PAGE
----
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How can Teachers Support their Mental Health?

Last updated on 21st April 2023

Research funded by the Nuffield Foundation is the first to examine the mental health and wellbeing of teachers in England over three decades, based on data from more than 20,000 staff. Amongst its findings, it revealed that one in 20 are reporting mental health problems which last more than a year and that around 5% of teachers today are suffering long-lasting mental health problems, up from just 1% in the 1990s. There has been a similar increase in prescribed antidepressant medication.

Department for Education (DfE) research found that “sleeping problems, panic attacks and anxiety issues” had contributed to teachers’ decisions to quit the profession; a third of new teaching recruits leave the job within the first five years.

Education Support is a UK charity dedicated to supporting the mental health and wellbeing of teachers and education staff in schools, colleges and universities. It began a programme of research in 2017 to understand more about the mental health and wellbeing of staff working in education. The findings give an insight into the working lives of teachers and education staff over a five-year period and include the last couple of years under the shadow of Covid-19. Education Support surveyed over 3,000 education staff and found that in 2021:

  • 77% experienced symptoms of poor mental health due to their work.
  • 42% think their organisation’s culture has a negative impact on their wellbeing.
  • 46% always go into work when unwell, rising to 54% for senior leaders.
  • 54% have considered leaving the sector in the past two years due to pressures on their mental health.
  • 72% are stressed, rising to 84% for senior leaders, a 10% increase on 2020.
  • 81% of those who work 41–60 hours per week are stressed.
  • 93% of those who work 61+ hours per week are stressed.
  • 31% of all staff worked 51+ hours a week on average.
  • 66% of senior leaders worked 51+ hours per week, despite only 4% being contracted to do so.
  • 57% of teachers and education staff were not confident disclosing unmanageable stress or mental health problems to their employer.
  • Three-quarters of teachers surveyed think their Initial Teacher Training (ITT) courses do not prepare them well to manage their own wellbeing.

A survey carried out by the Teachers’ Union (NASUWT) found that almost three in ten (27%) teachers have needed to see a doctor or medical professional to help with the detrimental impact on their mental and physical health caused by their job during the Covid-19 pandemic.

The survey also found that 23% of teachers say they have taken medication to help them cope, 12% have undergone counselling to give them extra support, while 9% use or have increased their reliance on antidepressant drugs.

Other findings show that in the last 12 months as a result of their job:

  • 87% have experienced anxiety.
  • 79% have suffered from loss of sleep.
  • 30% have increased their use of alcohol.
  • 7% have suffered a relationship breakdown.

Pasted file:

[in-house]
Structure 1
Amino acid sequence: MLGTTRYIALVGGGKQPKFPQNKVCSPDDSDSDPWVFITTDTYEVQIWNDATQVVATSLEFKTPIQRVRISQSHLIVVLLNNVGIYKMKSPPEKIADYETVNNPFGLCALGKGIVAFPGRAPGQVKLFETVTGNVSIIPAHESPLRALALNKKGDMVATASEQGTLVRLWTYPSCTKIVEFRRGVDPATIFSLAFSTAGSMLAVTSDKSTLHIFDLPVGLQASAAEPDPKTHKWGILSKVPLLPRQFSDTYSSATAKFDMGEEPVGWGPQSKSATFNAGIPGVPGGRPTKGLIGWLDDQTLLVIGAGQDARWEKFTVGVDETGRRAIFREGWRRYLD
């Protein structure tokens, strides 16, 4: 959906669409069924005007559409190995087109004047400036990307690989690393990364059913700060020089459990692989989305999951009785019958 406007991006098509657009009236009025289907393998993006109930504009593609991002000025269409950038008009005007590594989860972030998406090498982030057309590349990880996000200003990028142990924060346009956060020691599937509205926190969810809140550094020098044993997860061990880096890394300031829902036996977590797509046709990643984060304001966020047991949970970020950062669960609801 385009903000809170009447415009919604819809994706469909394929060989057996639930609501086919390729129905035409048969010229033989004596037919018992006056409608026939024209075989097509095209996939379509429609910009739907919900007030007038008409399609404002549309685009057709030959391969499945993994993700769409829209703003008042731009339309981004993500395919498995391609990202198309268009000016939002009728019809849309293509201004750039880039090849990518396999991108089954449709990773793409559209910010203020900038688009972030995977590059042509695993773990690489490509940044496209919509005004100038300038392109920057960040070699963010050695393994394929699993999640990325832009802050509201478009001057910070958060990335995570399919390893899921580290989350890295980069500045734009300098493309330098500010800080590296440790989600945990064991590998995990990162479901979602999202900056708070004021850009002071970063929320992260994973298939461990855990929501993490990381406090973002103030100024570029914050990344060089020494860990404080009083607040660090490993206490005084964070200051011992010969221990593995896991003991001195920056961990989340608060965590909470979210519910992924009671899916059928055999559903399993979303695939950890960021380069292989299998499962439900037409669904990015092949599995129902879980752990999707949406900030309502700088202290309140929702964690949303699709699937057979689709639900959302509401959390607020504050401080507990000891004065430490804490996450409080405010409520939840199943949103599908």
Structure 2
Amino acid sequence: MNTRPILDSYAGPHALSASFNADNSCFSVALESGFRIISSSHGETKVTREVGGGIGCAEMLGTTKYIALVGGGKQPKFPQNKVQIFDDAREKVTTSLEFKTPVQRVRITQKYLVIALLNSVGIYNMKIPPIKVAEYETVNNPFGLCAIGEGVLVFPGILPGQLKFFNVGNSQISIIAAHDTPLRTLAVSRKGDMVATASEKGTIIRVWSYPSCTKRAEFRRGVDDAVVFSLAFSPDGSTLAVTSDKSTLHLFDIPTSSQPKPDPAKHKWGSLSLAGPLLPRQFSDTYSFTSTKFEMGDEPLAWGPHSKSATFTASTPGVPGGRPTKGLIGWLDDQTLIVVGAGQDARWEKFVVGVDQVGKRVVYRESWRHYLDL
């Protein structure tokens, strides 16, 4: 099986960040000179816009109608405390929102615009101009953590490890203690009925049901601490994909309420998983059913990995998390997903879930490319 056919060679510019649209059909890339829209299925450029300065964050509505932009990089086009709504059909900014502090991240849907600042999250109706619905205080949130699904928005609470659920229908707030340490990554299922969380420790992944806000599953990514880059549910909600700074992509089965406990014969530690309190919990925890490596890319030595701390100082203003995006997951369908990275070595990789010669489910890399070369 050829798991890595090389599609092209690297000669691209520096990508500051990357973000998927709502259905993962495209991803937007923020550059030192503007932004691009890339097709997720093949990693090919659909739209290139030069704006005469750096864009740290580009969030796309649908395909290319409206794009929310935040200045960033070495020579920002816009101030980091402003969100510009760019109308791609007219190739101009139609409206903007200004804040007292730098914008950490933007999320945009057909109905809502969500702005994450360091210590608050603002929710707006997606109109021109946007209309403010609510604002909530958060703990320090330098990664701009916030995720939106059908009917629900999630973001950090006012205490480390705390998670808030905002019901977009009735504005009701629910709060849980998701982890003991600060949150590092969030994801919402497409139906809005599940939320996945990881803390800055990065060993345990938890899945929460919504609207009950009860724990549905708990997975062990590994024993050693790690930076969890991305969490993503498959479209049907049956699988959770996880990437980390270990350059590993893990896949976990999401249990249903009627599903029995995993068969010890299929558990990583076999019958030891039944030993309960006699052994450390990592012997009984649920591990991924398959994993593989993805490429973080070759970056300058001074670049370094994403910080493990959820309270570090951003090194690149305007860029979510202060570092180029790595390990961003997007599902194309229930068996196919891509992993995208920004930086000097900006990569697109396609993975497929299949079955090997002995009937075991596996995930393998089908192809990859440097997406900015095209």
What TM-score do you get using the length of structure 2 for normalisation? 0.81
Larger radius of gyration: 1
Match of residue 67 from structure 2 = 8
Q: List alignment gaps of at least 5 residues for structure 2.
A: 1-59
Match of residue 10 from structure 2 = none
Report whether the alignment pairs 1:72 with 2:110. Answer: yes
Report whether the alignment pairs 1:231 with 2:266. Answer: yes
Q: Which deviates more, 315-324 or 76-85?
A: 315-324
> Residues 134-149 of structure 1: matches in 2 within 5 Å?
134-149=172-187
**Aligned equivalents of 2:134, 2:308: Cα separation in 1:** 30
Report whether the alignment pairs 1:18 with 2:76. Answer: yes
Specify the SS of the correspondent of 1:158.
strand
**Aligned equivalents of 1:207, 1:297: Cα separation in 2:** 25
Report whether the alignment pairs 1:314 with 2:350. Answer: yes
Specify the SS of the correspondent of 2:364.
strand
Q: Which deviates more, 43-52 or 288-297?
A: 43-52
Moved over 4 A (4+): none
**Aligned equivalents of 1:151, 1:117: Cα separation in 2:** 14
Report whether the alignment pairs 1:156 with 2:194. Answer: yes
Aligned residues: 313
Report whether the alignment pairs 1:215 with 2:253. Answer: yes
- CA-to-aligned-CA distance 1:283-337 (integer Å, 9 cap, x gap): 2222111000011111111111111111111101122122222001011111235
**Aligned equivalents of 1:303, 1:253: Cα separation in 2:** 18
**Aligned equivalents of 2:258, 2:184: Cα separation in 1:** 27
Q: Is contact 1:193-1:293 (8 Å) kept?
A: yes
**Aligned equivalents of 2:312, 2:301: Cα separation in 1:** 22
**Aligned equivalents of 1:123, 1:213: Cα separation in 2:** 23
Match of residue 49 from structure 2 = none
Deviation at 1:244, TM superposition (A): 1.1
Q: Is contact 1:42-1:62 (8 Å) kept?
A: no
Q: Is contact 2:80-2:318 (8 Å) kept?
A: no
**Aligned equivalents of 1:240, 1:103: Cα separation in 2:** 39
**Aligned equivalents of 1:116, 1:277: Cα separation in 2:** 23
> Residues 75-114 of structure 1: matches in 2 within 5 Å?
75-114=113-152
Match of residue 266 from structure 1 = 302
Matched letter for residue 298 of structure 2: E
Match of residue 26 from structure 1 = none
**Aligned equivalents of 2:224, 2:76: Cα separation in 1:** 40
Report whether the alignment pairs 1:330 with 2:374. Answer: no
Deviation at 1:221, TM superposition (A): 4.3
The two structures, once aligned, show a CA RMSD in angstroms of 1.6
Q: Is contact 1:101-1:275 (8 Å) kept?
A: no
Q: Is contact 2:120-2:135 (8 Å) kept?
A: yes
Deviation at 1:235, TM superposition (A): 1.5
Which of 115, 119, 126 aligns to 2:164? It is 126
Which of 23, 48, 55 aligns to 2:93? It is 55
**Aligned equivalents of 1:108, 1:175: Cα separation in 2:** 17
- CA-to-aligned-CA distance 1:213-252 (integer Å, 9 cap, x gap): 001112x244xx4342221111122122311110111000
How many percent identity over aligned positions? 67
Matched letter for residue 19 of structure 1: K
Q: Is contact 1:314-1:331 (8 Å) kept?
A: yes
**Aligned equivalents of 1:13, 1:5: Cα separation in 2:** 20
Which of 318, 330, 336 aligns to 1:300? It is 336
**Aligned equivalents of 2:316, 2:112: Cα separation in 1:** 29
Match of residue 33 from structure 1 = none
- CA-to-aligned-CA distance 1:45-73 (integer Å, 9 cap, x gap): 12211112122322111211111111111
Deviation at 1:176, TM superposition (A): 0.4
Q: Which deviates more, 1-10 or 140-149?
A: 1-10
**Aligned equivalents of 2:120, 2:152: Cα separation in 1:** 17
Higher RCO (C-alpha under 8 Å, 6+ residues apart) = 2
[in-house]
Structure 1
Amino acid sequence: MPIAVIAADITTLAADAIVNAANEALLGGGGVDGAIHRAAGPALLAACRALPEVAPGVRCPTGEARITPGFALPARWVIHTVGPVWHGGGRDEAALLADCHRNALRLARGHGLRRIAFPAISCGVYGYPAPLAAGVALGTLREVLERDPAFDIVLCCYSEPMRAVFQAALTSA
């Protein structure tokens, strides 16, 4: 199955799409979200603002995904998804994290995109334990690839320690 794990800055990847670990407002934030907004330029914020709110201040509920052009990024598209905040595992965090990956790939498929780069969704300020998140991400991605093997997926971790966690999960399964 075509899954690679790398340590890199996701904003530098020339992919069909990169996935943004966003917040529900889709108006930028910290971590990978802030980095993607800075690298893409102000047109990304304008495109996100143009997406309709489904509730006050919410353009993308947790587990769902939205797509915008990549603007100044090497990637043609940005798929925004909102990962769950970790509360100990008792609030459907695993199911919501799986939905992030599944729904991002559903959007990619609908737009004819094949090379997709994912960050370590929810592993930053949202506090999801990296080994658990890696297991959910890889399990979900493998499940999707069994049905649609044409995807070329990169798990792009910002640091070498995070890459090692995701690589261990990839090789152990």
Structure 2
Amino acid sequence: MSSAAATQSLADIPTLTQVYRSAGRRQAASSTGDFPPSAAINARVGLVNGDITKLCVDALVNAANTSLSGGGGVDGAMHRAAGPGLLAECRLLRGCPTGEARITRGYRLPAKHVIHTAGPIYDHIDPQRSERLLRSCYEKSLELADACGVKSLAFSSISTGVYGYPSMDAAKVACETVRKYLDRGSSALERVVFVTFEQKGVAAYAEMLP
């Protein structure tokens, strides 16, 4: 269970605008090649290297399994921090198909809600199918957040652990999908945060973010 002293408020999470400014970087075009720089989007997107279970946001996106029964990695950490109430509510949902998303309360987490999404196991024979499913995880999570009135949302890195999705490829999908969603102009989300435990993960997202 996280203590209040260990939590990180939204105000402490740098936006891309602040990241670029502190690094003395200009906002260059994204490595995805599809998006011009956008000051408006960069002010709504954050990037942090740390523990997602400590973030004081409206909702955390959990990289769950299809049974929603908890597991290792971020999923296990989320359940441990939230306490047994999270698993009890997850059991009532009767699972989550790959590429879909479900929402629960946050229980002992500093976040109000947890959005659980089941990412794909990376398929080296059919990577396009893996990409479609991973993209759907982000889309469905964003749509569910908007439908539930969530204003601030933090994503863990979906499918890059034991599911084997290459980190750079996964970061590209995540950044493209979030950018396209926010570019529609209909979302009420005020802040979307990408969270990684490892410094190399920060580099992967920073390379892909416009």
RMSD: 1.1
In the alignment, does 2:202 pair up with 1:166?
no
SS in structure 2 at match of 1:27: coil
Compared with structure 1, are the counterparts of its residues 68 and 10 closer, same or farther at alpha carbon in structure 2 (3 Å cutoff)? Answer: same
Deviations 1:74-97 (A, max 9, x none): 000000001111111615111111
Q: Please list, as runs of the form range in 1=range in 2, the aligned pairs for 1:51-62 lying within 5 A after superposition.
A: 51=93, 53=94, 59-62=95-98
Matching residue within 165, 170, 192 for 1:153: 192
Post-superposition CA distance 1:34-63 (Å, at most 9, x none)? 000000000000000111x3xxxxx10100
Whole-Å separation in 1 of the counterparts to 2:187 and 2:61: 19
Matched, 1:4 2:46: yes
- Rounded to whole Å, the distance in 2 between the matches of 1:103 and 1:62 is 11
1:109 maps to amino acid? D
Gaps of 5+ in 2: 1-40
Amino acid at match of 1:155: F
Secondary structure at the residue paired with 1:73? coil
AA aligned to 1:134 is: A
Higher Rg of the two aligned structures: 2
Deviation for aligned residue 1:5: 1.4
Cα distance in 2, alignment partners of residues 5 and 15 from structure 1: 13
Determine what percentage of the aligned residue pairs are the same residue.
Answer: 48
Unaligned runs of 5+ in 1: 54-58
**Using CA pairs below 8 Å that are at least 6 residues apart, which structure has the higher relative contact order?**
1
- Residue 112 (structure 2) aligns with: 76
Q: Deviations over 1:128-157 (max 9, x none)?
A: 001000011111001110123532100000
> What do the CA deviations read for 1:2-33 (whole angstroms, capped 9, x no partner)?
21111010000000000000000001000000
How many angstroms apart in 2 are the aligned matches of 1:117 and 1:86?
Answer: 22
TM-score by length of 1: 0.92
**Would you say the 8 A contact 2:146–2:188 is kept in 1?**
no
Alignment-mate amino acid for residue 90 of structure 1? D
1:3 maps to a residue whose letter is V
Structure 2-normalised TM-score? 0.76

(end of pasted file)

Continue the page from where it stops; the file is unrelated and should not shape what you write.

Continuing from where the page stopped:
• 2% have self-harmed.

These findings come as eight in ten (79%) teachers feel their job has adversely affected their mental health in the last 12 months and of those almost half (48%) said uncertainty about safety in their school was a factor.

In 2019/20 stress, depression and anxiety accounted for 51% of all work-related ill health cases and 55% of all working days lost due to work-related ill health (Health and Safety Executive (HSE) 2020).

Teacher managing her wellbeing in school

What is Mental Health?

The World Health Organisation (WHO) definition is “Mental health is a state of well-being in which an individual realizes his or her own abilities, can cope with the normal stresses of life, can work productively, and is able to make a contribution to his or her community. Health is a state of complete physical, mental and social well-being and not merely the absence of disease or infirmity.”

Mental health includes our emotional, psychological and social wellbeing. It affects how we think, feel and act and can affect daily living, relationships and physical health. It also helps determine how we handle stress, relate to others and make choices. Conversely, factors in people’s lives, interpersonal relationships and physical factors can all contribute to mental health disruptions.

Mental health problems are clusters of symptoms which come together to formulate a diagnosis such as depression, stress and anxiety which can be considered as extremes of more common and usual experiences of low mood and worry.

We need to be aware of mental health and the warning signs, which might mean we need to take a step back and perhaps look for some professional help.

Signs such as:

  • Poor concentration.
  • Being easily distracted.
  • Worrying more.
  • Finding it hard to make decisions.
  • Feeling less interested in day-to-day activities.
  • Low mood.
  • Feeling overwhelmed by things.
  • Tearfulness.
  • Tiredness and lack of energy.
  • Sleeping more or less.
  • Talking less and avoiding social activities.
  • Talking more or talking very fast, jumping between topics and ideas.
  • Finding it difficult to control your emotions.
  • Drinking more.
  • Irritability and short temper.
  • Aggression.

One in four of us will experience mental health problems at some time in our lives. We are all susceptible to emotional/psychological distress – no-one is exempt – so it is important to normalise our responses to some universal problems such as work-related stress, divorce, redundancy, bereavement, accidents and physical ill health. There is a stigma attached to mental health problems which may result in people hiding their difficulties and being reluctant to tell family, friends or work colleagues. It may stop people from seeking help and make them reluctant to seek treatment and support because of concerns about what others will think of them.

Good mental health is important at every stage of life, from childhood, though adolescence and throughout adulthood. Looking after mental health can preserve a person’s ability to enjoy life. Doing this involves reaching a balance between life activities, responsibilities and efforts to achieve psychological resilience.

Why is Teacher Mental Health So Important?

Teachers’ mental health and wellbeing is important for the social and emotional wellbeing of their pupils; however, teaching can be one of the most stressful professions. Mental health and wellbeing at work is influenced by the relationship between the individual, the nature of their work and their work environment. The Health and Safety Executive (HSE) has identified six key aspects of a working environment that have the potential to contribute to work-related stress: